David had seen it after other attacks. They were desperate not to think about those in operating rooms, so they argued instead about demanding Pacifica bomb Chicago or New Manhattan in retaliation, about recalling the Chief Executive or giving her even more power over the region’s militia. It was so much easier to imagine the violence they could do to others then remember the violence that had been done to the people they love.
There might have been a time not so long ago when hearing the Chief Executive’s would have filled David with passion and zeal. He had grown up in a time when words about the future were all they had to protect themselves from the horror of the present.
Now though, the words of the Chief Executive simply blended into the background noise of shuffling feet on linoleum floors and the quiet whispers of worried loved ones. After an 8 hour shift in the ER, especially on the day of a bombing, he wasn’t prone to feel much of anything.
The only way to keep the contents of his stomach down, the only way to keep his heart rate in check, the only way to keep himself from screaming was to turn the hospital into a holographic video game. When his mind entered this mode, the colleagues who passed him were little more than ghost-like impressions of people floating past him. His surroundings looked like a hyper-realistic painting, two-dimensional with saturated, dull colors. On days like these, his consciousness was trapped inside of a transparent glass prison in his mind, while some automated system did all of his walking and talking, breathing and seeing.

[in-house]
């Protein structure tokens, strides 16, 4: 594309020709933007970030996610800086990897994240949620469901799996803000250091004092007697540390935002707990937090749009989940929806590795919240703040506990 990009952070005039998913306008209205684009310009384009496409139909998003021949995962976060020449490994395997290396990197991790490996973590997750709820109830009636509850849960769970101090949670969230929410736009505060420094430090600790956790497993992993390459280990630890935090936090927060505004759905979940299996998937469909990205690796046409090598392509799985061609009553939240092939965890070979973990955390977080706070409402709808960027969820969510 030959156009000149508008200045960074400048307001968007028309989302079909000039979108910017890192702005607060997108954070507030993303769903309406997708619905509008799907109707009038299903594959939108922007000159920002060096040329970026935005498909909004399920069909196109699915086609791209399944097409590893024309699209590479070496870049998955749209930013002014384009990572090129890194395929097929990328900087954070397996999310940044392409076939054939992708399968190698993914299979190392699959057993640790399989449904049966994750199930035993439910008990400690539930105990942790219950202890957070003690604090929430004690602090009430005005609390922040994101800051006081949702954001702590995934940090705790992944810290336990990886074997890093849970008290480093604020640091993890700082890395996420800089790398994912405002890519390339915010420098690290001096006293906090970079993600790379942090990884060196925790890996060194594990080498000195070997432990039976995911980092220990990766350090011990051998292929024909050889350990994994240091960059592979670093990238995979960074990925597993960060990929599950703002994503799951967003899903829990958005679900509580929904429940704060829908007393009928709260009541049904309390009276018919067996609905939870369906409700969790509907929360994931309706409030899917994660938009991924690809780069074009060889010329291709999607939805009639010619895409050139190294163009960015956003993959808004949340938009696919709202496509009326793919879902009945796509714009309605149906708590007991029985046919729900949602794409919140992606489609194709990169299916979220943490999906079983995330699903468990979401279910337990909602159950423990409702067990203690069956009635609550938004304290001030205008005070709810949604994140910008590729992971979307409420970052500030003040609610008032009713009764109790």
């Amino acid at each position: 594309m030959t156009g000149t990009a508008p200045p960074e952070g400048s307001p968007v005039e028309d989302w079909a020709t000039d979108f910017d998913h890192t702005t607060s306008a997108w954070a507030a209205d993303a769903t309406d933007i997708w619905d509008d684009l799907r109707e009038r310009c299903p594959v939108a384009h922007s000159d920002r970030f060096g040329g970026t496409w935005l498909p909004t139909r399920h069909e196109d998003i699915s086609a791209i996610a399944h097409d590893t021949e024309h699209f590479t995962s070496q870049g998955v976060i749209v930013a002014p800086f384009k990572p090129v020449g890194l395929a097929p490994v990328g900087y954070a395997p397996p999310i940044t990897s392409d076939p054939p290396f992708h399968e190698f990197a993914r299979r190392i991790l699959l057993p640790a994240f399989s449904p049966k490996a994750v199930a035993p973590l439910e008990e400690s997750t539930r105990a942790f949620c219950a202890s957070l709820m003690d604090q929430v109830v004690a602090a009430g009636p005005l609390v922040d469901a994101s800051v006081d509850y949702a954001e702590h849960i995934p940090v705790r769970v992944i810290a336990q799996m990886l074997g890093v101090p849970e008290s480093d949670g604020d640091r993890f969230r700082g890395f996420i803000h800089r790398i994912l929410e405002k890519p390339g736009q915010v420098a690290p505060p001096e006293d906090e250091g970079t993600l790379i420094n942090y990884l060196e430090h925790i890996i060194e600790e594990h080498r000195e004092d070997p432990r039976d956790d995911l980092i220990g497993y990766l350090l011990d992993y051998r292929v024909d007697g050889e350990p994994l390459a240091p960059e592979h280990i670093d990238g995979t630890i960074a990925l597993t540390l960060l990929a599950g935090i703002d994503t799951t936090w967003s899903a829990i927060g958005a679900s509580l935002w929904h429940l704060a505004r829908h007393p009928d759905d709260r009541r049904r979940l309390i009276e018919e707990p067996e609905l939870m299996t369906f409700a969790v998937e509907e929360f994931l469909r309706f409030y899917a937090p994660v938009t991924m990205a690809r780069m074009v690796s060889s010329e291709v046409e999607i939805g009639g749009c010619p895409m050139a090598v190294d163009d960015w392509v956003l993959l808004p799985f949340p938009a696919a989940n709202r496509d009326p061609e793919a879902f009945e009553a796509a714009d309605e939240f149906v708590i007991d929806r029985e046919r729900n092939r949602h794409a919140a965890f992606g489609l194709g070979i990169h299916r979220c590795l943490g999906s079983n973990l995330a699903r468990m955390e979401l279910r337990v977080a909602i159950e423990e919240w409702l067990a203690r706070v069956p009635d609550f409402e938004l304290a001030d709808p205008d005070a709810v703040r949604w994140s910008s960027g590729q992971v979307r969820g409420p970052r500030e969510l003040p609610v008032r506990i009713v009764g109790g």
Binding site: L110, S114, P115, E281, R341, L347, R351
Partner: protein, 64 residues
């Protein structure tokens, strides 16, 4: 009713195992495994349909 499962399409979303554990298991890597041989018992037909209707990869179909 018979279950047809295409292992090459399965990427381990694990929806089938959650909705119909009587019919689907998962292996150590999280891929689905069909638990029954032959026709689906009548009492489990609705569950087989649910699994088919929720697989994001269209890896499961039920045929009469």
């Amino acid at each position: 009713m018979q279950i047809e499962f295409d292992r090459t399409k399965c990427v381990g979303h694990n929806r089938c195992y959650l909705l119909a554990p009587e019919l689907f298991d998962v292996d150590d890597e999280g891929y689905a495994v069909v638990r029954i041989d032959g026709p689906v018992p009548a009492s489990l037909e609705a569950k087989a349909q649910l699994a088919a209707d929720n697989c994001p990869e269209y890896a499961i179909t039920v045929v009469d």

David arrived at Doctor Kazadi’s ward and placed his hand onto the windowless metal doors. The door opened at his touch. The room was softly lit and filled with beds. Patients filled each bed except one, their eyes closed with electrodes running along their foreheads. Holograms showing their vitals signs hovered over them.
“How are the Sleeping Beauties?” David asked.
Kazadi stood by one of her patients, her afro bouncing as she looked up towards the door.
When she saw it was David, she turned her attention back to the holoscreen projecting out of her gloved hand. “It’s so interesting how they’re talking about all of this on the news service,” she mused, flicking through articles and videos. “They talk about the war in the past tense, like it isn’t happening right in front of them.”
“Can we talk about, like, literally anything else?” David groaned, flopping down on the empty bed.
“Oh, you just came from downstairs, didn’t you?”
David nodded as Kazadi squeezed his hand.